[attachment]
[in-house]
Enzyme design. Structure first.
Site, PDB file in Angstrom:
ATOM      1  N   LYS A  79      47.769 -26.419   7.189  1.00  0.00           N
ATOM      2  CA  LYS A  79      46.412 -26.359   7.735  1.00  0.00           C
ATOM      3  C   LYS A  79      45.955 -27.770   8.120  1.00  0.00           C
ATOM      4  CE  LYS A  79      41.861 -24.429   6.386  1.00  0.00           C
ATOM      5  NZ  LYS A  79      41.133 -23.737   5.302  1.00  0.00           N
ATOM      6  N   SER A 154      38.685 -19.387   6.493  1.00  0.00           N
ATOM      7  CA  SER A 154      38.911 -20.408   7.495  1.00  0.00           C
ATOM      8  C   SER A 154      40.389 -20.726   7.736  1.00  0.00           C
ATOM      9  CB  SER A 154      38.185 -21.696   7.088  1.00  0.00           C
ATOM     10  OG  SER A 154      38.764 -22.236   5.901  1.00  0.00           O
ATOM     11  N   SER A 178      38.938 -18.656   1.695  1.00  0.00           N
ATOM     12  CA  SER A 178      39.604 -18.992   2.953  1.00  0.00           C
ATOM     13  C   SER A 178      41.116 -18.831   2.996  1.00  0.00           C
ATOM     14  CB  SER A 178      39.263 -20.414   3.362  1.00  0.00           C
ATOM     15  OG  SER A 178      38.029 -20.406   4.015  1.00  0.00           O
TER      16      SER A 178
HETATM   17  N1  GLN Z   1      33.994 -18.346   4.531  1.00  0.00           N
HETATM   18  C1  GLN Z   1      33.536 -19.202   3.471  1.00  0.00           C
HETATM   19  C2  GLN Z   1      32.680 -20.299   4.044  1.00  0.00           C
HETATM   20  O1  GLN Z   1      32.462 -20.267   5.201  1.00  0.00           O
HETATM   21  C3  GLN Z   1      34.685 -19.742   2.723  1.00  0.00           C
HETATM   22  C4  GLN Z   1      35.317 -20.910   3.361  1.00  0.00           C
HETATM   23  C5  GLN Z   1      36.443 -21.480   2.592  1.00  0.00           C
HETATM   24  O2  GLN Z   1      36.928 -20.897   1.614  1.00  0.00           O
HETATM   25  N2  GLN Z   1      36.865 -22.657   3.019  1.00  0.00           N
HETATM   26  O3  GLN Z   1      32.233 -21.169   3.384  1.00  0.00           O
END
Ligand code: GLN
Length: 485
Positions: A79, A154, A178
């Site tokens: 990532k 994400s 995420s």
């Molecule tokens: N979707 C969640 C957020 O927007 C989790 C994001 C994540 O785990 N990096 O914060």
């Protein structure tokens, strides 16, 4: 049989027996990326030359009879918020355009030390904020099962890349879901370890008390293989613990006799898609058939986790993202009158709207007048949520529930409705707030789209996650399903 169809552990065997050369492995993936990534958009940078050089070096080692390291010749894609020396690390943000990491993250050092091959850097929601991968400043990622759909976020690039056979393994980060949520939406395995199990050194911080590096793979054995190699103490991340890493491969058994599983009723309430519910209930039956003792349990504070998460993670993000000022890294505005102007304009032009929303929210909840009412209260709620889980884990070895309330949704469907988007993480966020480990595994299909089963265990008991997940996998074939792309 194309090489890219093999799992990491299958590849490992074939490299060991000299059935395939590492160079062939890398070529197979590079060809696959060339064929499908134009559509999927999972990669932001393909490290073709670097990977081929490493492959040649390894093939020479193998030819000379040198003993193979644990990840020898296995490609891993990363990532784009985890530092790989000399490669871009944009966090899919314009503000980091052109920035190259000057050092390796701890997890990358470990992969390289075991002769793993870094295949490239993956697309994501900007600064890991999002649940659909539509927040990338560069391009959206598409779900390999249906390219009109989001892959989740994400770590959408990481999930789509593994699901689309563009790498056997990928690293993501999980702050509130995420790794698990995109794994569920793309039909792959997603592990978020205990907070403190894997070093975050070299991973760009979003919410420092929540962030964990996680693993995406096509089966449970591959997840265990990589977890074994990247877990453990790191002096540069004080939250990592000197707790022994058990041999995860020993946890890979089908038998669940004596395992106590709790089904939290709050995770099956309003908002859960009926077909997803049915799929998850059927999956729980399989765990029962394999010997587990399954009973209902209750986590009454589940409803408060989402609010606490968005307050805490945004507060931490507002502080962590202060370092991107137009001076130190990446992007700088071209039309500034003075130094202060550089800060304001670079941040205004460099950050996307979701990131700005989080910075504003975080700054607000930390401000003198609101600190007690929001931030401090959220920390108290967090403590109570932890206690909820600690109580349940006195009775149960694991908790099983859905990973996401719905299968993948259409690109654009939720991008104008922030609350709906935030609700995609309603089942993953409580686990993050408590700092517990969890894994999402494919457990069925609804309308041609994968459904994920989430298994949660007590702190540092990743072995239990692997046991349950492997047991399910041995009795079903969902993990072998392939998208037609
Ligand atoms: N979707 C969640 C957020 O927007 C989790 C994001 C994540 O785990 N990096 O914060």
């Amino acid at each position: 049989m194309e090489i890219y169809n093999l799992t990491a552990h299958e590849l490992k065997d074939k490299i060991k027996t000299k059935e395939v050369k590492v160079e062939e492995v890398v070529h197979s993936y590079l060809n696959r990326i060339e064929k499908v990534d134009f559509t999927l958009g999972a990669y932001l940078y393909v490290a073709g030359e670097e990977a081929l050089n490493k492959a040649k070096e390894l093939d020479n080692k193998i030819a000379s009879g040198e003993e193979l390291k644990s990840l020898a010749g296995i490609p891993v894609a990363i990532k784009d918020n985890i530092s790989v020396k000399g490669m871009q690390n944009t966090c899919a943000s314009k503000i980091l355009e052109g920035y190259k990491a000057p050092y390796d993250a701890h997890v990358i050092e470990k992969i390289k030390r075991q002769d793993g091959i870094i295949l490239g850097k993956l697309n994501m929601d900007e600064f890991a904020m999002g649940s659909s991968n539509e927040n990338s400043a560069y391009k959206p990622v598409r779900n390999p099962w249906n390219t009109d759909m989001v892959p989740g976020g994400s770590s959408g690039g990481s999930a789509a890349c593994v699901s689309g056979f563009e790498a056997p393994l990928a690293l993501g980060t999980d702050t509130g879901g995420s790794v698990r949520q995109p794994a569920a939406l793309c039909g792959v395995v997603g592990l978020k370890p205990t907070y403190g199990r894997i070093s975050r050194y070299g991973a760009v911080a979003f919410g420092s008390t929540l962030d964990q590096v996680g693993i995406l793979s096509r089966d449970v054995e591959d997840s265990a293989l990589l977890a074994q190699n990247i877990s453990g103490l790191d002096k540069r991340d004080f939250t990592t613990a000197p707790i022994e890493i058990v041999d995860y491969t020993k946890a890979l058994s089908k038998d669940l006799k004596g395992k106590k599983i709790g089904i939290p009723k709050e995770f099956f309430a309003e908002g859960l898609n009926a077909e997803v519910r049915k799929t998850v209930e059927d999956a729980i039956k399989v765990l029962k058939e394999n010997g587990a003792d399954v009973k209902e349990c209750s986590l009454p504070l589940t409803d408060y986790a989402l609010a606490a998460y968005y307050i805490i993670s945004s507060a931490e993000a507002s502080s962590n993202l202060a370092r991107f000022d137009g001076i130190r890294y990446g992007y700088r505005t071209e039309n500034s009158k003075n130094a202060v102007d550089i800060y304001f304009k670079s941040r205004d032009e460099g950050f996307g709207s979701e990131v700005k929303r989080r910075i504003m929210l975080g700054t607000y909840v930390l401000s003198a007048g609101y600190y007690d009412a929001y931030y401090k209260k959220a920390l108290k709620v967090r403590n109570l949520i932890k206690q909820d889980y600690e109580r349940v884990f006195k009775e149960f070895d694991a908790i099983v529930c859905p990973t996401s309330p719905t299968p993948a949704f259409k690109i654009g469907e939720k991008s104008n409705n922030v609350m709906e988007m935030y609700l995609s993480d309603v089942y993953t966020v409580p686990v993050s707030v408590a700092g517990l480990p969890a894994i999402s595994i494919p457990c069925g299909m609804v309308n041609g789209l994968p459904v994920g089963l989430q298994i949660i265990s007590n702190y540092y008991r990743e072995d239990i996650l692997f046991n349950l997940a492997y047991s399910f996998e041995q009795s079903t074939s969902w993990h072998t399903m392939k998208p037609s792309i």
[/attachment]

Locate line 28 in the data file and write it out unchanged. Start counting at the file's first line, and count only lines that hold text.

HETATM   25  N2  GLN Z   1      36.865 -22.657   3.019  1.00  0.00           N